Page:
The industry continued to evolve: enter the brave new world of the internet.  Instead of clunky telnet clients that had to be installed on each desktop, the company decided it needed to create a web application, one where clients only needed an internet browser to access an internally hosted IIS server.  But IIS is a Windows product and although all new development was being done in .NET, the MPE/Cobol code still was the backbone of the product.  For most modules, the .NET code was making calls to the MPE/Cobol code that then interacted with the Oracle/Informix database living on the UNIX server.

mouse-trap-game-board-i4Which one of these do you picture as the bath tub filling with water to tip a scale to release a ball bearing that slides down a ramp to…


In order to remain current in the industry and reduce costs for clients to purchase necessary hardware to host the app, SQL Server was offered as an alternative database.  But legacy code is legacy code and MPE “transported to” Cobol does not play nicely in Windows.  The solution: emulate UNIX on Windows!  Using MKS (a UNIX emulator app for Windows), the MPE/Cobol code could now be used to “interact” with the SQL Server database.  The interaction was done using SQL Server logins (no sense in leveraging Active Directory at this point) and reporting was done using the proprietary solution offered with the software (SSRS???).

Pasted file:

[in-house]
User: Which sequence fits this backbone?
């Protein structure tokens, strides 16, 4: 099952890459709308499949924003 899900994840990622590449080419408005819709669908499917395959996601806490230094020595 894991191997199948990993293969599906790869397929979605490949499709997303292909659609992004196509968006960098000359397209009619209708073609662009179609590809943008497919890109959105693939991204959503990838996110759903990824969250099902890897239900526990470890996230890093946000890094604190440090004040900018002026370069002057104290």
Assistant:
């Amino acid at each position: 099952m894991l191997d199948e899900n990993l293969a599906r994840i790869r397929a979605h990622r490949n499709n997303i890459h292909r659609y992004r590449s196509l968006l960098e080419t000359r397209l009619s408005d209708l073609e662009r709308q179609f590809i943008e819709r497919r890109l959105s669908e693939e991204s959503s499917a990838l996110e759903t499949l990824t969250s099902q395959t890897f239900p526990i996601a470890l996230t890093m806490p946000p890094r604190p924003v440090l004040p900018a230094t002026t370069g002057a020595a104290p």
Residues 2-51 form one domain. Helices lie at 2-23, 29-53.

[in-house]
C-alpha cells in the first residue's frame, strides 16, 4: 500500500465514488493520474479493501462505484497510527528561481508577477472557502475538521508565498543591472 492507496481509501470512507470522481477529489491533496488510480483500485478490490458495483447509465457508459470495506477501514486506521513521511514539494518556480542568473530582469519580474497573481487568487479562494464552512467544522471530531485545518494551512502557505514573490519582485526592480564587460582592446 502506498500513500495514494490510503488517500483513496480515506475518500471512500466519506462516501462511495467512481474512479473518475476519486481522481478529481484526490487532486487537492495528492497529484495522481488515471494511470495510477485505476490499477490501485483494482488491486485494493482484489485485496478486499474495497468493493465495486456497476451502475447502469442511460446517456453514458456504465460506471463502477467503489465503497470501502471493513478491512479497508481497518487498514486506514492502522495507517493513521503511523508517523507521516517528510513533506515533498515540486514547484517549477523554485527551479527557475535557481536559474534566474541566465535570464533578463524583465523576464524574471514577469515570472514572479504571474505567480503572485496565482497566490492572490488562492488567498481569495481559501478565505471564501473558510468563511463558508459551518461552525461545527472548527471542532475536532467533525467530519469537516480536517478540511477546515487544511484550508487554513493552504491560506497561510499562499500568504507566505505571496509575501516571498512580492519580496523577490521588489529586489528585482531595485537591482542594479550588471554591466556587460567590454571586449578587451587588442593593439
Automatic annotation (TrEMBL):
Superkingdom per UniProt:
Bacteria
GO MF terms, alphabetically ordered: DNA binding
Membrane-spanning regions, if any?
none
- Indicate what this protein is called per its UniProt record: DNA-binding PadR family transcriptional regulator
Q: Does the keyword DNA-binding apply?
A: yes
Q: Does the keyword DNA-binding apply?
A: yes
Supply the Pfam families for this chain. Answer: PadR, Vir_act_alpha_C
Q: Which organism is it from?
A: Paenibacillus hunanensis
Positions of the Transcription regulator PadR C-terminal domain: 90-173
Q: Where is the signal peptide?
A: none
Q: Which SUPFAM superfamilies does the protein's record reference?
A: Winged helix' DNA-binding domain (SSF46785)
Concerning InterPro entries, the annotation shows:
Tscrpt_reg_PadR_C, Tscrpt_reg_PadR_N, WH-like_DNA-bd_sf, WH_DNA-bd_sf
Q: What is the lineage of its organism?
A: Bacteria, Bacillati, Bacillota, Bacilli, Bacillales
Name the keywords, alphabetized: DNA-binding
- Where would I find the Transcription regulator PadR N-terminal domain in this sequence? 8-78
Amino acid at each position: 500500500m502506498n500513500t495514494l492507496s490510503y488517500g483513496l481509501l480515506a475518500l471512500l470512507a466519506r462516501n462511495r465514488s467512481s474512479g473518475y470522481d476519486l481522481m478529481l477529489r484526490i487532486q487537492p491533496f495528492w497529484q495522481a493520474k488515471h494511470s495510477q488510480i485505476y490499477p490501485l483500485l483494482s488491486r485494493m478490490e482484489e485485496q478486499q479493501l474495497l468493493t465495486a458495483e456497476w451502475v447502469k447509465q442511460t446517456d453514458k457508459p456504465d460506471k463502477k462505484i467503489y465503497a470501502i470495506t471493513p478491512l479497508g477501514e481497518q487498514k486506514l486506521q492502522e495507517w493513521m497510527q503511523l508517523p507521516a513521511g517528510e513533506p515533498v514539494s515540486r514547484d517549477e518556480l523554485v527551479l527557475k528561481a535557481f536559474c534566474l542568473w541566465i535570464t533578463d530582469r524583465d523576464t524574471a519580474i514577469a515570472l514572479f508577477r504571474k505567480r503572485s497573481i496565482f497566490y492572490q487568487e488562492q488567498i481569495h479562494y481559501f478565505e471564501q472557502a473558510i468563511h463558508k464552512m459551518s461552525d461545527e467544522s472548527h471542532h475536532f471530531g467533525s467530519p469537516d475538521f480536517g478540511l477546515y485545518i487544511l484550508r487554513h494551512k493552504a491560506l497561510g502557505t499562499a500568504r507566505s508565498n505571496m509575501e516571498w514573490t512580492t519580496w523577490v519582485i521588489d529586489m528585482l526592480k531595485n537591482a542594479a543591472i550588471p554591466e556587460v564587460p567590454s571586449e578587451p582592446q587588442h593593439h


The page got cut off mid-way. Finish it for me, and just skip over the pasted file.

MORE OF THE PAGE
Interestingly enough, the company was successful to the point that it attracted the attention of a corporate giant and was sold for a handsome sum.

In summation, “you can’t tell a book if the title’s covered” (http://www.imdb.com/character/ch0029466/quotes).

Hopefully you never had to support this type of machine.  But, I do look back on those help desk days with fondness, as I had no clue what I was doing but was surrounded by great people.